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FROM CANYON TO COVE: The good, the bad and the scary

The city is bracing for possible tougher times ahead, even as Laguna Beach officials remain upbeat about the city’s current finances.

At Tuesday’s State of the City luncheon sponsored by the Laguna Beach Chamber of Commerce, Mayor Kelly Boyd told of good news and bad: The city has a beefed-up reserve (15% of the budget instead of the usual 10%), but sales taxes are down by 13%, and the hotel “bed tax” is also down.

No surprises there in an economy that continues to take a toll on local businesses.

The Marine Room Tavern owner-slash-mayor is determined to put government on the side of business — all business.

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“We all need to work together to help Laguna be more vibrant — day and night,” he said, obliquely referring to the city’s large number of nightspots.

Positions frozen

On the city side of the equation, Assistant City Manager John Pietig said the city is freezing vacant positions and watching the state budget carefully. So far, there are none of the drastic measures being taken in other cities, such as furloughs or unpaid “days off.”

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Even as local retailers find it harder to get traffic into their shops and restaurants, the beaches have become a popular and inexpensive recreational outlet, retiring Marine Safety Chief Mark Klosterman said.

“Business is booming on the beaches,” he told a packed house at the Surf & Sand. The recent spate of summery weather drew so many to the coast that extra lifeguards were called in.

There is more good news.

Public Works Director Steve May noted that the city’s roads are in better shape than they’ve been in a decade and a half, with the completion of the largest paving project in the city’s history. “Now we’ll move to maintenance mode,” he said of the streets division.

Workers will be out soon, replacing the beach steps at Diamond Street, and a major boardwalk replacement project at Main Beach will begin in the next two weeks, May said.

The South Laguna Streetscape project — landscaped medians and new lighting, among other items — is also getting off the ground. And new steps to the beach at Brooks Street will be in place by the end of May, as will the boardwalk and streetscape projects.

Pietig chimed in that the city plans to renovate the animal shelter next year, and also begin the third phase of renovations at Heisler Park.

If all goes well, a new lifeguard headquarters will be able to be built on Main Beach. That is, if critics of the four previous plans for the lifeguard facility are mollified by a new idea that will lower the height of the headquarters building, currently sitting on a sewer lift station that might be able to be moved.

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That will please Klosterman, who has been trying to get new digs for his crew for quite a few years.

No local stimulus money?

One interesting note occurred when a woman asked what, if any, help would come to Laguna Beach from the Obama stimulus package. She said she hadn’t found any direct aid to Laguna in a list of recipients she found, but said Huntington Beach was due to reap millions to complete projects there.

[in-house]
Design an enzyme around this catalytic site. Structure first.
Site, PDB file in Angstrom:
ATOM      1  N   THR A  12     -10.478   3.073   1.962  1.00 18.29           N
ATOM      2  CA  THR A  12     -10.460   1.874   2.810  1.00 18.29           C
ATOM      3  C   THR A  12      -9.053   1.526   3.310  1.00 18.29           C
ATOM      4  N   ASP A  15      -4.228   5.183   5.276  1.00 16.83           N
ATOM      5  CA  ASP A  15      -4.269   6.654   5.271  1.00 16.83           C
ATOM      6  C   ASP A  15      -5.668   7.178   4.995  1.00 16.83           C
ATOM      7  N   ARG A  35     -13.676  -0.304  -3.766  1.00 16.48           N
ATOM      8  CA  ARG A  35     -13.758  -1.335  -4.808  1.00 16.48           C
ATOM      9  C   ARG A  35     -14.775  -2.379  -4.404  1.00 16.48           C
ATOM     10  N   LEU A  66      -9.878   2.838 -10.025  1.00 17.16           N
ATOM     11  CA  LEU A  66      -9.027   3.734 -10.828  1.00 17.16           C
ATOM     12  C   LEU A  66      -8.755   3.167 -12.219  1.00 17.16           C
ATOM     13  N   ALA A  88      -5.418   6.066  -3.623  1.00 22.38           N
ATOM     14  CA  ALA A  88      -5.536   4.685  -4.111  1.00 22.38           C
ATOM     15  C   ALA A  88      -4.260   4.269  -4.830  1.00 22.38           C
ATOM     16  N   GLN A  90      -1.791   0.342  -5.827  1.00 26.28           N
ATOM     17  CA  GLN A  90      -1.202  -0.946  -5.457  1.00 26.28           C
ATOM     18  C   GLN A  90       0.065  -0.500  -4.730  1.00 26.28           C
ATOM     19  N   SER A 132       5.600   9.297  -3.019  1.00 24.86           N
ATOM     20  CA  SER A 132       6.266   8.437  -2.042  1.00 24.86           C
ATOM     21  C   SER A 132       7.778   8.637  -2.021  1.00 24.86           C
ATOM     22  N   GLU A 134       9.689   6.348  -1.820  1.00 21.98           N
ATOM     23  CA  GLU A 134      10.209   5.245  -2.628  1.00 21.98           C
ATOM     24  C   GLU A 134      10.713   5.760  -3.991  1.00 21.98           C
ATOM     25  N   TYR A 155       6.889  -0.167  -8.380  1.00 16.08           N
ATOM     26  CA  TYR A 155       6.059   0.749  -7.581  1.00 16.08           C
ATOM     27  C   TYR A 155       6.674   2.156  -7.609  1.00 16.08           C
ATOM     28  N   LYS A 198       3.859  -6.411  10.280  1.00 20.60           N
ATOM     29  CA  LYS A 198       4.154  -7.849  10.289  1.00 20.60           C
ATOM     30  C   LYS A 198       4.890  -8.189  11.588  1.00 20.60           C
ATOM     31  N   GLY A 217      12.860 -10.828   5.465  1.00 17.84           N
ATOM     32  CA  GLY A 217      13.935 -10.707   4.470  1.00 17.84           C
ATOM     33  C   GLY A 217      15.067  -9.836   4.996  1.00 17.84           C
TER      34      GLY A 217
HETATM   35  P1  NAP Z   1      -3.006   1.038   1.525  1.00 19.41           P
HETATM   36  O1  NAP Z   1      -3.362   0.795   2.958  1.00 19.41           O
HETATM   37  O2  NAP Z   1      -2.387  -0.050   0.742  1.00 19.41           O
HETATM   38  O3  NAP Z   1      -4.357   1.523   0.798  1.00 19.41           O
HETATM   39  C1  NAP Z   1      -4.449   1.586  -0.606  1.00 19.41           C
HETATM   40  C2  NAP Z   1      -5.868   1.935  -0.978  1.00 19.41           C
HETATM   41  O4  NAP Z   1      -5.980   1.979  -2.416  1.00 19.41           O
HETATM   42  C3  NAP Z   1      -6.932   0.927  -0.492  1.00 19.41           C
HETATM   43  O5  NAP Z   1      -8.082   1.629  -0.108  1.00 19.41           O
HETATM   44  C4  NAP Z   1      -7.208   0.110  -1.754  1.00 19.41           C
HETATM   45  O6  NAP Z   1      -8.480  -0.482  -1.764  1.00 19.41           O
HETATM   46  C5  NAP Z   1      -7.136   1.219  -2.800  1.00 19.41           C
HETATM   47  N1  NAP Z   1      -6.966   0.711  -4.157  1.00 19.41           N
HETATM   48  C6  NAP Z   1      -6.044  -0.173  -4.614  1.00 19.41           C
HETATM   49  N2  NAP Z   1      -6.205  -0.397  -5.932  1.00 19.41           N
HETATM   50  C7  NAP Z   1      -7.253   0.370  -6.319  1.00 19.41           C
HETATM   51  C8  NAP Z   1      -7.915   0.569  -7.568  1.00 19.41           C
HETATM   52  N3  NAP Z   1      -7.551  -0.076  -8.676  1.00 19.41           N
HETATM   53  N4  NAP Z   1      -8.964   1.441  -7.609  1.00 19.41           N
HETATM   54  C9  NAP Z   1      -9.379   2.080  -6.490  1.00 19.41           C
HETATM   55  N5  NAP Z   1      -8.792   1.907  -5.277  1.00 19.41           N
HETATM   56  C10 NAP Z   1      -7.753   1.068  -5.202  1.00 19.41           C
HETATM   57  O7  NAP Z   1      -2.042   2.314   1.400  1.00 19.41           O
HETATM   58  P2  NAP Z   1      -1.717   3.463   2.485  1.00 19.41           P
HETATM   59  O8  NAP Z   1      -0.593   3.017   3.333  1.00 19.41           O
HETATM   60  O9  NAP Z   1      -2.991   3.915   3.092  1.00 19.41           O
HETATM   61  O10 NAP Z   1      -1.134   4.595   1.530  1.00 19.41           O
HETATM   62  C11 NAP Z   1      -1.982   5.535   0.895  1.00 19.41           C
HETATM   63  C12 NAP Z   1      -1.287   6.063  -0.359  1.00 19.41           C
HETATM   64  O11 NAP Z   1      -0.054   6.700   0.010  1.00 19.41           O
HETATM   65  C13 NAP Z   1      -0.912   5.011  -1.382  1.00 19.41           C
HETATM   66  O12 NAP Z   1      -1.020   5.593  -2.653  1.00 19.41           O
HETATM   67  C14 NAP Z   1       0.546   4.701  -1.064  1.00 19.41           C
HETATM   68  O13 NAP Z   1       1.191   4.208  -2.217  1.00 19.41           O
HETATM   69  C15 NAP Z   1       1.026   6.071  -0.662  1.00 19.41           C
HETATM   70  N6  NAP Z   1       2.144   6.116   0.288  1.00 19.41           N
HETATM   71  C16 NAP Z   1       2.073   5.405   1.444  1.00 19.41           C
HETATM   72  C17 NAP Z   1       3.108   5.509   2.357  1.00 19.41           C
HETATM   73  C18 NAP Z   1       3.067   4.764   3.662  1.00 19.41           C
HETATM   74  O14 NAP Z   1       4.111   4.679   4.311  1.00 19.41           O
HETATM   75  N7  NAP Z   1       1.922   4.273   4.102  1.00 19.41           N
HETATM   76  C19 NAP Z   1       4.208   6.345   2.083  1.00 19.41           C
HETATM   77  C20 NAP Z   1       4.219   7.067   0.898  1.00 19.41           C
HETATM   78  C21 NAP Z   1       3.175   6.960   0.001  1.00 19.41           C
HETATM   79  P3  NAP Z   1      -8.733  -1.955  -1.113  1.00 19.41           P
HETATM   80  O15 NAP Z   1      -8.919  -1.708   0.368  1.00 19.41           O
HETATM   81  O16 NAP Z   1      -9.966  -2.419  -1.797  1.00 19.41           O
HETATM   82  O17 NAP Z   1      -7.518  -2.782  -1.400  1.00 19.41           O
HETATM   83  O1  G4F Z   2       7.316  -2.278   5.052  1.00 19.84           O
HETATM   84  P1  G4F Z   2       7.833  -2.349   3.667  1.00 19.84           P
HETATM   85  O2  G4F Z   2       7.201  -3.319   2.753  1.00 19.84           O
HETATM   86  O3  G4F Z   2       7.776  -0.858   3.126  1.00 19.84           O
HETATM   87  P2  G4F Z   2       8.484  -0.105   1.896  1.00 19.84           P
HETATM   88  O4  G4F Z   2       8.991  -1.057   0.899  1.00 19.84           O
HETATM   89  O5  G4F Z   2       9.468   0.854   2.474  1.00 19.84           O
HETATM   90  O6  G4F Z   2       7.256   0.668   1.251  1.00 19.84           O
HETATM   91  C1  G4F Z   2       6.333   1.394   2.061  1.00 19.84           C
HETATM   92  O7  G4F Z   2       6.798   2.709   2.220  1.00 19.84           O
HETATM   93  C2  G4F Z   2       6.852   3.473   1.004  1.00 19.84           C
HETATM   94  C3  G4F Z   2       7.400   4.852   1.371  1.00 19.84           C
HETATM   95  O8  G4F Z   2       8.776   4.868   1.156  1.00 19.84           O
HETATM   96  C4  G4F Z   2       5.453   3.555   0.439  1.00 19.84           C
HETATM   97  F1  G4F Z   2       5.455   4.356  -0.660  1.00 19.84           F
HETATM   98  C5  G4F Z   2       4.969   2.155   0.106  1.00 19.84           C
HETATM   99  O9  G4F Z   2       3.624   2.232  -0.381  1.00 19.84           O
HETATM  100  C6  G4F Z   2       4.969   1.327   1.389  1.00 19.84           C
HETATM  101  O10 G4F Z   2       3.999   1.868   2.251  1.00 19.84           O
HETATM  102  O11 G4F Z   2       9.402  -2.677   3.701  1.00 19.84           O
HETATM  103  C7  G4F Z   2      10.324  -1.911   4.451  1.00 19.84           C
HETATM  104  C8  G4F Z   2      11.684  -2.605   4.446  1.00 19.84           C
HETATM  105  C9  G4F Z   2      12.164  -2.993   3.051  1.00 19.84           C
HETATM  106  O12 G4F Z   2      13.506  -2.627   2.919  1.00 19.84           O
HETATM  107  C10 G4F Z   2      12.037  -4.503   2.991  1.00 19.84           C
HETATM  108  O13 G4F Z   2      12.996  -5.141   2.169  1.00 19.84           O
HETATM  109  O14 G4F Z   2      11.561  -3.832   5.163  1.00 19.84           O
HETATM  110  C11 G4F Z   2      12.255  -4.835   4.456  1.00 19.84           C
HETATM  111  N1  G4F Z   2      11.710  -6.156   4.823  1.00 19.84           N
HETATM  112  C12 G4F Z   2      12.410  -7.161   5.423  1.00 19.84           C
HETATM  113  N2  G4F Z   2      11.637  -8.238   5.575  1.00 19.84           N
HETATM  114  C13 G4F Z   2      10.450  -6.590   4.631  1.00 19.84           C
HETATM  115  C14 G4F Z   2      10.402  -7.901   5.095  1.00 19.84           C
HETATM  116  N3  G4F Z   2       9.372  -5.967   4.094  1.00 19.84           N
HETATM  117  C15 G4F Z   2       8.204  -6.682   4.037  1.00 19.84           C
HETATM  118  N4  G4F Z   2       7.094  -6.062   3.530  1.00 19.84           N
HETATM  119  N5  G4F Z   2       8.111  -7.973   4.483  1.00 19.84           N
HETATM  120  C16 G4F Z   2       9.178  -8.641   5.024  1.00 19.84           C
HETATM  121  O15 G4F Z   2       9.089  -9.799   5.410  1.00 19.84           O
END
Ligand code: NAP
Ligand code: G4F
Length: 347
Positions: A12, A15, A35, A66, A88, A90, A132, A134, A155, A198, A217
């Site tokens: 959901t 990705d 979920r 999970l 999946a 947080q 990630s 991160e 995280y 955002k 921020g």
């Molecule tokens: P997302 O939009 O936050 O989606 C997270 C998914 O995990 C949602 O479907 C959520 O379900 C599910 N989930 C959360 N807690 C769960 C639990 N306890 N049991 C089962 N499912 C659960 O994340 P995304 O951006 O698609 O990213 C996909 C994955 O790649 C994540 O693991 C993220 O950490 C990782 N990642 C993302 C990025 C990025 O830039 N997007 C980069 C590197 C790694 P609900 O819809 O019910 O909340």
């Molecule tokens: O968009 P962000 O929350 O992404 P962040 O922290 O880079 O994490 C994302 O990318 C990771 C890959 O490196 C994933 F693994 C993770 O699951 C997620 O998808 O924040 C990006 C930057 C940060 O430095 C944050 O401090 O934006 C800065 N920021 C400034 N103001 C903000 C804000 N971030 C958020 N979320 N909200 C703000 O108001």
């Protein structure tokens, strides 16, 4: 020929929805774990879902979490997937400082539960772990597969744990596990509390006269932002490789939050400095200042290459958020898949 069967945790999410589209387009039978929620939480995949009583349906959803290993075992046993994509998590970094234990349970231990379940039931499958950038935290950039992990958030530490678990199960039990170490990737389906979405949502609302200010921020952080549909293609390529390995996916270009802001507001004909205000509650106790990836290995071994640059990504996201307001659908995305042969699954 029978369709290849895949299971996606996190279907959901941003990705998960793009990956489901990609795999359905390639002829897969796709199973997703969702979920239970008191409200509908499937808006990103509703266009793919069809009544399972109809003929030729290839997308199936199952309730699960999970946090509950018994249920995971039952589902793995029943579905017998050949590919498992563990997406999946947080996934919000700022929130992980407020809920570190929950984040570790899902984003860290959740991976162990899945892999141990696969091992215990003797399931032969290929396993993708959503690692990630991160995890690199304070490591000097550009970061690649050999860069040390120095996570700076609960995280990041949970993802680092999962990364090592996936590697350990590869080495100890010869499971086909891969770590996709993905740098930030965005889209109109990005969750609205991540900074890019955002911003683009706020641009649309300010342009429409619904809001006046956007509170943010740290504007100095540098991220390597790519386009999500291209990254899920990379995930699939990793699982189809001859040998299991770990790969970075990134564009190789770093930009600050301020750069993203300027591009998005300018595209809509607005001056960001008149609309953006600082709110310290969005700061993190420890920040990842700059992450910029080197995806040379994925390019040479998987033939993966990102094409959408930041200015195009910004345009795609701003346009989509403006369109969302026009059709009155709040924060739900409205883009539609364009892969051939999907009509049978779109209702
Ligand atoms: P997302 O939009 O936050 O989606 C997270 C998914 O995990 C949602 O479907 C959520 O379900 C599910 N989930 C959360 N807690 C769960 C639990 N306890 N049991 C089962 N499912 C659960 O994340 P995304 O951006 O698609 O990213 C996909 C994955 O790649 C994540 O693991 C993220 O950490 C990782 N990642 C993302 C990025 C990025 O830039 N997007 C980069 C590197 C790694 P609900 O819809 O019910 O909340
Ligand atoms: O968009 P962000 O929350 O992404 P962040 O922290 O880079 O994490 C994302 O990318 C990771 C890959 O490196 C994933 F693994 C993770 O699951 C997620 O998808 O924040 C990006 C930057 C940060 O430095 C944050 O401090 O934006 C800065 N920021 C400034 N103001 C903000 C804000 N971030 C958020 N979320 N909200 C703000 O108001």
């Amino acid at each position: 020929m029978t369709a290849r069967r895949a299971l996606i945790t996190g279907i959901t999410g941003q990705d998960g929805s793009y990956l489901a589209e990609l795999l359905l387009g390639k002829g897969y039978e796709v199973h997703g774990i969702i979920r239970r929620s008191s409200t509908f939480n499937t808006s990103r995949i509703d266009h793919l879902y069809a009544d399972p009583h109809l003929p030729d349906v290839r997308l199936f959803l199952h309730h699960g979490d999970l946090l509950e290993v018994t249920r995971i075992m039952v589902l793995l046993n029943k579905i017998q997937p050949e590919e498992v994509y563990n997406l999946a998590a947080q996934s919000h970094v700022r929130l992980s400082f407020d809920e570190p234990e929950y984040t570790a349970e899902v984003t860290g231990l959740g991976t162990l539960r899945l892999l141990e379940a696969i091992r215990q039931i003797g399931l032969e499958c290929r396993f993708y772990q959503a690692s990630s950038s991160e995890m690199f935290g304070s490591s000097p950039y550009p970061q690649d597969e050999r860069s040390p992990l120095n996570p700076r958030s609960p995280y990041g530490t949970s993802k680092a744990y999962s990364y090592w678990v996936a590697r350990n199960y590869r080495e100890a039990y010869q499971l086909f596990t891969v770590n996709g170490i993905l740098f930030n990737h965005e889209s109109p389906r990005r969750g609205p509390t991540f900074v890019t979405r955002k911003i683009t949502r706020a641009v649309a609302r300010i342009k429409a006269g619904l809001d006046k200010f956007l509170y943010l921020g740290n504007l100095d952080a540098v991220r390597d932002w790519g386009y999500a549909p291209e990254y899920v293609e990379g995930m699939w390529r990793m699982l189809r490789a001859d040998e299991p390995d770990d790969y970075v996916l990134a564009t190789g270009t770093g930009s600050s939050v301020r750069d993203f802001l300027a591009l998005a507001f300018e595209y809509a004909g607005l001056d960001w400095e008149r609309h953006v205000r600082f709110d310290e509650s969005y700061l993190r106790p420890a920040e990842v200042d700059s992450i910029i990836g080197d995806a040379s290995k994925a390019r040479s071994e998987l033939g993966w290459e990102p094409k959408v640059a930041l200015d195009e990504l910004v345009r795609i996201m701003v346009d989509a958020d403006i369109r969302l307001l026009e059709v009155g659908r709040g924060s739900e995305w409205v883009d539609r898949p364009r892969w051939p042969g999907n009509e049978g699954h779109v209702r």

To this, a representative of Rep. John Campbell said that because of Campbell’s opposition to “earmarks” of any kind in spending bills, he “did not participate in the earmarking process.” Huntington Beach is represented by Rep. Dana Rohrabacher, who apparently has no problem going after government money for his constituents.

A check of the website set up to dispense information on the stimulus plan, recovery.gov, reveals that L.A.-Long Beach-Santa Ana will get by far the largest single chunk of the state’s $2.56 billion in infrastructure funds released, coincidentally, the day of the luncheon. A hefty $268.31 million is heading this way to rebuild roads and bridges.

SBA ‘rapid response’ program

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For those who don’t want to wait for a government bailout or earmarks from a congressman who doesn’t “believe” in them, the chamber presented an excellent, but poorly attended, program the previous week with representatives from the Small Business Administration who outlined their many programs to help business owners set up shop, manage their money and plan for sustainability.

Here we heard some truly scary numbers. According to SBA spokeswoman Jill Andrews, the downturn has caused a 30% to 50% reduction in the number of businesses all over Southern California, with San Bernardino and Riverside counties faring worst. That’s a lot of businesses going down the tubes.

When one business goes under, others are affected all along the “food chain,” she warned.

So, in November, the SBA launched a “rapid response” Tiger Team of business experts who will go out to troubled businesses and try to get them back on their feet.

“We try to stop the hemorrhaging, put them on a path to survival and keep the doors open,” Andrews said.

Sallie Salinas, of the Institute for Women Entrepreneurs, said her agency also provides help at no cost, including the services of counselors and a new, $9-million software system that can forecast the future and tell a business owner where they might be bleeding red ink they don’t even know about.

“We are passionately committed to helping you and you are welcome to use whatever we have,” Salinas said.

The Women Entrepreneurs group can be reached at (714) 480-7455.

This is an energetic and positive group of folks, and chamber Executive Rose Hancock says she hopes to get them to bring their programs to Laguna Beach in the near future.

In the meantime, the SBA’s website is sba.gov.


CINDY FRAZIER is city editor of the Coastline Pilot. She can be contacted at (949) 380-4321 or cindy.frazier@latimes.com.


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